Know when to leave—Civil authorities may give you some guidance regarding evacuation, but it’s ultimately up to you to decide. If a dirty bomb were to go off in Chicago and mass panic spread through the city, there would likely be an initial spurt of evacuations followed by massive gridlock on a scale we’ve never seen. With typical prevailing winds, most of the city would probably be completely unaffected by the attack unless they decided to jump in their cars and get stuck in traffic like everyone else. In many circumstances, it may be wise to wait a day or two for the initial evacuation problems to subside then make your way out of the city. And there may be some circumstances where you know, for whatever reason, that you need to get out of town before problems even start or begin to escalate.

While we’ll take a brief intermission for some lighter fare, we will pick up shortly thereafter with a continuation of Building Tangible Margin and a look at Heading Out.


Building Tangible Margin: Staying Put, Part II

In the last post, we looked at storing water and food for staying put in the event of an emergency. Here we will look at Tools & Materials.

[It should be noted that we are looking at short-term survival—roughly four days to two weeks. While long-term preparedness may be addressed here in the future, the fact is that most people don’t even have the basics for the short-term. Once those basics are in place, you can build towards self-sufficiency for a month, six months and beyond. Many of the principles and tools are the same, regardless of the time you’re looking at, but you’re obviously not going to need a hand-powered grain mill for four-day survival, so keep that in mind.]

This is a basic “What You Need” list. If you live in places that are earthquake or flood-prone, you may need some specialized items like hardhats or a small boat. While I have Chicago-area residents in mind, these core basics should serve anyone well:

Radio—Stay informed. While the Web, TV and telephone may be available, don’t count on it. Assume your power will be out and get a good crank-powered radio with battery backup. Eton/Grundig radios are solid choices and can be had in both AM/FM/Weather/TV (FR300) and AM/FM/SW (FR200) configurations, with the former being preferable in most situations. A cheaper option with fewer features is the crank-powered AM/FM/Weather radio from Jensen/Emerson, the MR550.

Corded phone and/or cell phone—If you haven’t gone completely wireless, a traditional corded phone can be valuable if the power goes out. Your cordless phone won’t work, but a corded phone may since the telephone network is separate from the power grid. A cell phone can be valuable if charged or you have a means of charging available. Not the best choice, as they are unreliable on a typical day and the cells can be easily overwhelmed during an emergency, but worth maintaining if you have one.

First Aid Kit (FAK)—This should be as fundamental as smoke detectors or fire extinguishers in each home but is all the more important during a time of crisis. Buy the best kit you can afford but avoid equipping yourself with tools you can’t use. A field surgery kit may sound good, but you’ll do more harm than good if you don’t know how to use it. If you take prescription meds, be sure to include an emergency supply. If you have small children Ipecac syrup and activated charcoal should be on hand for poisonings. Watch the expiration dates on meds but know that they are very conservative and, if stored in a dark, cool place, likely have a longer shelf-life than indicated. A good thermometer, basic sphygmomanometer (“b.p. cuff”) and stethoscope are good additions to your FAK and not generally included with most kits, though be sure you learn how to use them to take vitals beforehand. Lastly, if you live in a large urban area or downwind from a nuclear power plant, you should have a supply of potassium iodide (KI). It is not to be used lightly but, taken correctly in the event of a radiological disaster, can prevent one of the most common problems from radiation exposure, thyroid cancer.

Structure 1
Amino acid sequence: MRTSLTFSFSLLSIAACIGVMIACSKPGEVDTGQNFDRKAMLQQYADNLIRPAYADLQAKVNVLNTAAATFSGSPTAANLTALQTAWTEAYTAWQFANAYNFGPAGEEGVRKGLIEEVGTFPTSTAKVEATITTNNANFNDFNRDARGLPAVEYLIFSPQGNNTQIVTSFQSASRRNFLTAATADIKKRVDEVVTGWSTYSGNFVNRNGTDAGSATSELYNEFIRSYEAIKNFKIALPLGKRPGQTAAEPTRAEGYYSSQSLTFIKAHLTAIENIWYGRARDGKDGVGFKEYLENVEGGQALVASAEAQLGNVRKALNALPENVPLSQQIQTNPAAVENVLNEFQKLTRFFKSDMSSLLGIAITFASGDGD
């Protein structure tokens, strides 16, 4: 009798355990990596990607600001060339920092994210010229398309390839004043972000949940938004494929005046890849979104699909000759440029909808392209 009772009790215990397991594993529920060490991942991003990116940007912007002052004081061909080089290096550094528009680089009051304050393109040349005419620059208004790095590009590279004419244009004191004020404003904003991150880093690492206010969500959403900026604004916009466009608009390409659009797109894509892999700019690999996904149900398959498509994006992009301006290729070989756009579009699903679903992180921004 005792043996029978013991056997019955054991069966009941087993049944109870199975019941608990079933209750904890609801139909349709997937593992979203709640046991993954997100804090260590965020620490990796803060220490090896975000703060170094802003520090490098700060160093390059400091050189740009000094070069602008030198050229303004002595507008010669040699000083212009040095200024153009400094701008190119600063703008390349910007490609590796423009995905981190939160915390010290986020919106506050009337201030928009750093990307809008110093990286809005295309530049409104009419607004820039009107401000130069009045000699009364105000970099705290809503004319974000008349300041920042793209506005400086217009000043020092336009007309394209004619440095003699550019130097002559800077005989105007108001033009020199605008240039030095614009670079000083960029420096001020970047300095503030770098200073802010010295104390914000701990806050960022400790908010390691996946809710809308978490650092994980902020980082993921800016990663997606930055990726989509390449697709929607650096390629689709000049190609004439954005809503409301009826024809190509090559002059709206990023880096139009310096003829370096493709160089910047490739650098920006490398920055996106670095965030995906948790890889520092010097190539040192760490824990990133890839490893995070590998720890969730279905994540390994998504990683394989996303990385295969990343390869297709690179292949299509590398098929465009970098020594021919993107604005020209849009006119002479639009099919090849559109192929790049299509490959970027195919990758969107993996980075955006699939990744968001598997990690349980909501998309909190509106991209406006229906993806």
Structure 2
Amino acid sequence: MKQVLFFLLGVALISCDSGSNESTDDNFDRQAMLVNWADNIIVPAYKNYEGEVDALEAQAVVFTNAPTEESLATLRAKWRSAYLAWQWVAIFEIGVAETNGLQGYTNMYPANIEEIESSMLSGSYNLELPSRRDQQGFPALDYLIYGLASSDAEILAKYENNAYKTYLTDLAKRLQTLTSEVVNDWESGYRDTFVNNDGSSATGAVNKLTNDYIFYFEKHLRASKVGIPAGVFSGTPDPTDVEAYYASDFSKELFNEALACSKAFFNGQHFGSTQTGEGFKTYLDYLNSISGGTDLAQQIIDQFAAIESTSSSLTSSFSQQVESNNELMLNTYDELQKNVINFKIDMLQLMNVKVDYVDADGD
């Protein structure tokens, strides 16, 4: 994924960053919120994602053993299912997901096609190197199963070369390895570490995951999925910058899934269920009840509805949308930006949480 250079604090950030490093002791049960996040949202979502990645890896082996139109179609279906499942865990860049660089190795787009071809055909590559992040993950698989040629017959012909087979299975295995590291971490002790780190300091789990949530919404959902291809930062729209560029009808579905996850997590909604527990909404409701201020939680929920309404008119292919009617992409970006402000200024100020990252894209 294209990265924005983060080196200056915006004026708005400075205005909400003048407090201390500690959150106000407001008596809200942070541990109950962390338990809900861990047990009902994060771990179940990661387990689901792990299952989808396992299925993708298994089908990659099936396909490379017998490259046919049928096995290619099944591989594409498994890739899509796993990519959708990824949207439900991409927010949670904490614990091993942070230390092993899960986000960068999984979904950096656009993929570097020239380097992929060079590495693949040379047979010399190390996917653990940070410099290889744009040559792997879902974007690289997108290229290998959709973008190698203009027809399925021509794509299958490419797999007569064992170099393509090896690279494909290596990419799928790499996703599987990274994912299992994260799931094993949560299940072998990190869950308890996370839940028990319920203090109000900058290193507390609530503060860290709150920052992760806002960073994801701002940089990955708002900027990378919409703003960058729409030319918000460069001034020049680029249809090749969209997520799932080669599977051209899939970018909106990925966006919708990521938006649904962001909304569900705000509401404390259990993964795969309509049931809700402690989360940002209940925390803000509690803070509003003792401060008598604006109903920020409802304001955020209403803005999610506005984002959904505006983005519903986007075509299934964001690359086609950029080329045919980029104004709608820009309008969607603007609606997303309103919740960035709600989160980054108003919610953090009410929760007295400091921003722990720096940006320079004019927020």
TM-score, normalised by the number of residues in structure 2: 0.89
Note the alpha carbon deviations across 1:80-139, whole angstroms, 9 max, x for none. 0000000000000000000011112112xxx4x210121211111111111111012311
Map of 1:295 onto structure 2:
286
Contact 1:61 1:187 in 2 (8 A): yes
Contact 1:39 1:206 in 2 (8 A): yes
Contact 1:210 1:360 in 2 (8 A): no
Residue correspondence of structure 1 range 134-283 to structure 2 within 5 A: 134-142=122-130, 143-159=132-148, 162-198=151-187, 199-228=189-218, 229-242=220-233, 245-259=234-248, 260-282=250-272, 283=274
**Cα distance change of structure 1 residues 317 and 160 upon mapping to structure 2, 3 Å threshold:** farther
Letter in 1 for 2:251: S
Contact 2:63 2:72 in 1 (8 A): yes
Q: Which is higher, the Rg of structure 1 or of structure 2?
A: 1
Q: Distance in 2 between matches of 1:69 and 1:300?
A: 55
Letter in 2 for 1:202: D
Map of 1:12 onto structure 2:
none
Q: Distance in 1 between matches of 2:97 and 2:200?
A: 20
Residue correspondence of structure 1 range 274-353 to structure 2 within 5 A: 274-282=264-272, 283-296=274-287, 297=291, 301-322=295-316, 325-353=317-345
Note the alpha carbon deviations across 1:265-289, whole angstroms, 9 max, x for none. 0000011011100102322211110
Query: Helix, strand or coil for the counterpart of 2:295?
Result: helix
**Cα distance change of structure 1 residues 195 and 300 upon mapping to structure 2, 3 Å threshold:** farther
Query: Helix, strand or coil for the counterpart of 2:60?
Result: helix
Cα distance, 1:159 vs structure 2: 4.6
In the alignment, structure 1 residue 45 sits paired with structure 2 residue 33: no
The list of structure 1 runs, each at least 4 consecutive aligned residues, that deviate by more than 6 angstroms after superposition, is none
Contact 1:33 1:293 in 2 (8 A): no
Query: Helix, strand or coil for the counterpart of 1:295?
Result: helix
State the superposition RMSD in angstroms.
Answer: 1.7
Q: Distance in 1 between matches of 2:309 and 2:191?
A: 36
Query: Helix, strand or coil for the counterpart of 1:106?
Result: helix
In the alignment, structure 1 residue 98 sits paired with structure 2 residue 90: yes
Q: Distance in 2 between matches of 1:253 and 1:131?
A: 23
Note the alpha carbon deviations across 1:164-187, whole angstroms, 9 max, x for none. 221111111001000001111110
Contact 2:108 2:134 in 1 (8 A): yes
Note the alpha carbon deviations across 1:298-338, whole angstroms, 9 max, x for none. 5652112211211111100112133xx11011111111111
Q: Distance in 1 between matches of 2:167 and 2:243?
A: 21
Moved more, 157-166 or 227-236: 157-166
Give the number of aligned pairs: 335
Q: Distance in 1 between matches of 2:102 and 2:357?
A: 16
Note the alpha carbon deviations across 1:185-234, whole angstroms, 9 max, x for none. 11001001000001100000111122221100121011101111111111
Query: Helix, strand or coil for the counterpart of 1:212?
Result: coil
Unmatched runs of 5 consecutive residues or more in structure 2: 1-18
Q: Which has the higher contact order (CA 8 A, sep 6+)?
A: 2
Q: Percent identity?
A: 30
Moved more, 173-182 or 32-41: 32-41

Lights—Your choices for lighting are endless. Minimally, it’s a good idea to have some type of area lighting (e.g. lanterns or candles) and some type of directional lighting (e.g. flashlights or headlamps). If you opt for flame-based light sources, be sure you can use them safely, have adequate ventilation and redundant means to light them. Lights using electric bulbs can give you dramatically longer life if they have LED bulbs rather than traditional bulbs. LEDs have the added advantage of being almost indestructible. A flashlight or headlamp per person is a good idea.

Batteries—Whether for flashlights, radios or Game Boys for the kids, a good supply of batteries is important. For short-term survival, bulk alkalines are a good, economical way to go. Lithiums are more expensive but have a longer shelf-life (10 years). If you have a means to recharge them (solar most likely), rechargeable batteries can be a very good investment, particularly for longer-term scenarios and everyday use. It’s a good idea to standardize your batteries as much as possible, keeping yourself to two or three common types (AA, AAA, D, etc.).

Blankets and heating—Imagine you’re staying put during a blizzard and your heat goes out. You may need two or three times the blankets you normally use to stay warm. Chemical hand-warmers work well, and are particularly good to store in automobiles, but you’d have to stockpile an awful lot of them to keep a family warm for several days. Heavy blankets, particularly wool, are very good insulators and should be your primary means of retaining heat. If you have a wood stove or fireplace, store wood or coal and keep it dry. Another option is a propane powered heater. There are some with oxygen sensors that will shut the unit off if oxygen gets too low, such as the Heater Buddy, but they all must be used in ventilated areas and kept away from children and flammables. Most take the one pound propane canisters and some can be connected to the grill-style 20 pound tanks. Other materials good for heat retention are…